In the past 10 years, CD stores have more or less disappeared from the American landscape. Tower Records had hundreds of locations across the U.S., and was once the place for American music fans to go if they wanted a deep selection from their favorite artists. But that all went up in smoke in 2006, when the company filed for bankruptcy and closed all of its U.S. stores.
But as a recent New York Times article points out, Tower Records is alive and well in some countries, especially Japan. The piece describes the Japanese as "CD loving," noting:
Japan may be one of the world’s perennial early adopters of new technologies, but its continuing attachment to the CD puts it sharply at odds with the rest of the global music industry. While CD sales are falling worldwide, including in Japan, they still account for about 85 percent of sales here, compared with as little as 20 percent in some countries, like Sweden, where online streaming is dominant.
The article offers other statistics that purport to show the Japanese love for CDs, noting that there are still 85 Tower Records stores in the country that pulled in $500 million in business last year. But, of course, large revenue doesn't say anything about the health of the business. In 2005, the final year that a Tower Records was open in the U.S., it operated 89 stores and did $430 million in sales. The next year, there were no Tower Records in the U.S. whatsoever.
Meanwhile, CD sales in Japan continue to decline at a double digit pace, falling 17% from last year. What's unique about Japan is not so much that they like buying their music in physical form, but that buying music digitally, either in mp3 form or through streaming services, never really caught on. That likely has more to do with the Japanese music industry's stubborn refusal to make buying music or subscribing to streaming services easy.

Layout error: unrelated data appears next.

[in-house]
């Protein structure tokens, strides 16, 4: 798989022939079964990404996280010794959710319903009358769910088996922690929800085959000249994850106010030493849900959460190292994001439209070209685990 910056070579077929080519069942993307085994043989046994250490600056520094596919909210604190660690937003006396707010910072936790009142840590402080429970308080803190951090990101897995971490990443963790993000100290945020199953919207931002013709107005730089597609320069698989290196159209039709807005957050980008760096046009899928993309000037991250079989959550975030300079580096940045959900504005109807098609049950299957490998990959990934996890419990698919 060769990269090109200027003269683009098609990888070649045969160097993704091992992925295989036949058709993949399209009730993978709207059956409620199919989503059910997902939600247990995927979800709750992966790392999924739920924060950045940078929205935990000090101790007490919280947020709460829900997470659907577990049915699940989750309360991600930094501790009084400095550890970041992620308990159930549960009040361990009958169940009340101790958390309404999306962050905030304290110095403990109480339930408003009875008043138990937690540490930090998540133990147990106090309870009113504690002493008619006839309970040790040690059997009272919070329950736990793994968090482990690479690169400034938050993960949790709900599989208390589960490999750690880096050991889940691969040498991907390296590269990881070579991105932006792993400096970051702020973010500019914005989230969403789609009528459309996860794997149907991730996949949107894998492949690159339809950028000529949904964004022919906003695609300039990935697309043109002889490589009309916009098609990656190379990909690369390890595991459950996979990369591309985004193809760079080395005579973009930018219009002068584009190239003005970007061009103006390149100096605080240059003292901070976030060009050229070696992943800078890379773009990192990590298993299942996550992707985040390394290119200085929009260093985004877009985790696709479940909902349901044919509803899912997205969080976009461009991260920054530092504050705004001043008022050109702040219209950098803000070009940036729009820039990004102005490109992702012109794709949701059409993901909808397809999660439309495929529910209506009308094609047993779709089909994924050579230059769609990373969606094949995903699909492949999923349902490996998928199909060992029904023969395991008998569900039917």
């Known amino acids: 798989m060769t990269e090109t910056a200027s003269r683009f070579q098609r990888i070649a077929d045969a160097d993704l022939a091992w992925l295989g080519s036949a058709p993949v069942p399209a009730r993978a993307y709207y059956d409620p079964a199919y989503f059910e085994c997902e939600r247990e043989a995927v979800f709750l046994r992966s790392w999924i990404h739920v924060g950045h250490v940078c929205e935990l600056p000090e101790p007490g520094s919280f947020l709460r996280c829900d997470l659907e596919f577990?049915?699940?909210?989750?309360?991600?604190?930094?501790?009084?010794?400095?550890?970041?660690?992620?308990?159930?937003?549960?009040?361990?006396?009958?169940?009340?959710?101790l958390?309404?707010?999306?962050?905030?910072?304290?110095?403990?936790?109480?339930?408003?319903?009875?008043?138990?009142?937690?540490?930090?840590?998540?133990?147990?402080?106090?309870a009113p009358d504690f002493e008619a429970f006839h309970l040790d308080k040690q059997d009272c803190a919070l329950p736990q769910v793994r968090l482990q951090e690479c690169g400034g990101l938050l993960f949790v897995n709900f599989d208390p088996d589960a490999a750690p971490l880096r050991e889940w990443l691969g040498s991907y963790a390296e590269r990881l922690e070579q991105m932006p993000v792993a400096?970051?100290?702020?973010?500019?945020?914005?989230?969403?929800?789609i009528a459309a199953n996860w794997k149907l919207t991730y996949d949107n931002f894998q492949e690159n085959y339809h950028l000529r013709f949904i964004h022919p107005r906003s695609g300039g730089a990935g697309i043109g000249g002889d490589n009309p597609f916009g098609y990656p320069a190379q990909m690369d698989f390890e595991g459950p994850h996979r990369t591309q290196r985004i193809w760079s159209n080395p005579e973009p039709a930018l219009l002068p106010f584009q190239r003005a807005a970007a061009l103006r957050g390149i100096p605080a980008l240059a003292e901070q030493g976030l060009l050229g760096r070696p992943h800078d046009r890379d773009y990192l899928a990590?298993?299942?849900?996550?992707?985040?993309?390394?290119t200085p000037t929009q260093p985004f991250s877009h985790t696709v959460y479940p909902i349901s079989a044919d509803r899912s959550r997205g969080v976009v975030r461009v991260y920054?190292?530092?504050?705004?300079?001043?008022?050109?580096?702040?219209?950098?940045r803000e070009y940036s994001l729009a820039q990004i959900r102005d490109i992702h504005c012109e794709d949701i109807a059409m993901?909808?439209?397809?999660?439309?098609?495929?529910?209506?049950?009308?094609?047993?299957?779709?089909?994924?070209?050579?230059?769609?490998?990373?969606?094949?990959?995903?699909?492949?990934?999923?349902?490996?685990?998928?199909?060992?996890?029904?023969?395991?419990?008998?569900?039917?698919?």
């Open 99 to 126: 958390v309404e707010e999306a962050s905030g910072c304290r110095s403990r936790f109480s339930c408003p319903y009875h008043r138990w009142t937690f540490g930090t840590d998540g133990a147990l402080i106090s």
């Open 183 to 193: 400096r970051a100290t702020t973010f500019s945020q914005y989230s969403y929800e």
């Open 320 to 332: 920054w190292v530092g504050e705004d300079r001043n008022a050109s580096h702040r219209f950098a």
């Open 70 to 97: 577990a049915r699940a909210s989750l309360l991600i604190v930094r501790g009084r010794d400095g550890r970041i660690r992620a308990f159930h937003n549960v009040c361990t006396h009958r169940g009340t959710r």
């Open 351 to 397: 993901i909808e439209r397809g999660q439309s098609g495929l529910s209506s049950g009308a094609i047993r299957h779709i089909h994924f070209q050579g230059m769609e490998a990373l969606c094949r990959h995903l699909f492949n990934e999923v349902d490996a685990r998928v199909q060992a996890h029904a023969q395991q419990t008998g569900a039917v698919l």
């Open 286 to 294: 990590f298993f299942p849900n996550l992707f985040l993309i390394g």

iTunes launched in Japan in 2005—four years after its U.S. debut, and Sony Music Japan didn't allow its titles to be sold via iTunes until 2012. That means until just two years ago, a large section of what the Japanese would want to buy online couldn't be purchased on the world's most popular digital music store. Meanwhile, the big, global players in streaming, like Spotify, Deezer and rdio, have all been unable to reach agreements with the Japanese record industry to offer their services there. Some domestic streaming services are now starting to pop up—total streaming service revenue in Japan was up 204% last year—but the streaming industry is still playing catch up with the West because of its late start.
Meanwhile, the practice of renting CDs is still quite popular in Japan, as copyright law there makes such an industry legal there, unlike in the U.S. This makes it quite easy for listeners to rent an album at 10% of the price of buying it and just rip it to their computer. And, of course, just like in the West, music piracy is very popular in Japan. The Japanese record industry estimates that for every song legally downloaded in the country, 10 are stolen. The problem is so bad that in 2012, Japan passed one of the strictest anti-piracy laws in the world, in which violators can be subject to a 10-year prison sentence and a roughly $100,000 fine.
And finally, we shouldn't look past the fact that Japan has the highest median age in the world. Even in much younger America, it's the older folks who buy most of the CDs. As people age, they tend to become set in their ways when it comes to purchasing decisions. And since Japan has a higher percentage of older people than any other country, it follows that it would have a larger market for physical music.
But make no mistake about it, Japan's music industry is shrinking, just like the one in the U.S. The convenience of listening to music online is too great, and with the ease of streaming songs on YouTube for free, or outright stealing it, the Japanese public is increasingly questioning why it should pay for CDs. The Japanese record industry might have helped keep CD sales higher than in other developed nations for a few years longer by resisting digital music sales and streaming services, but it can't delay the inevitable forever.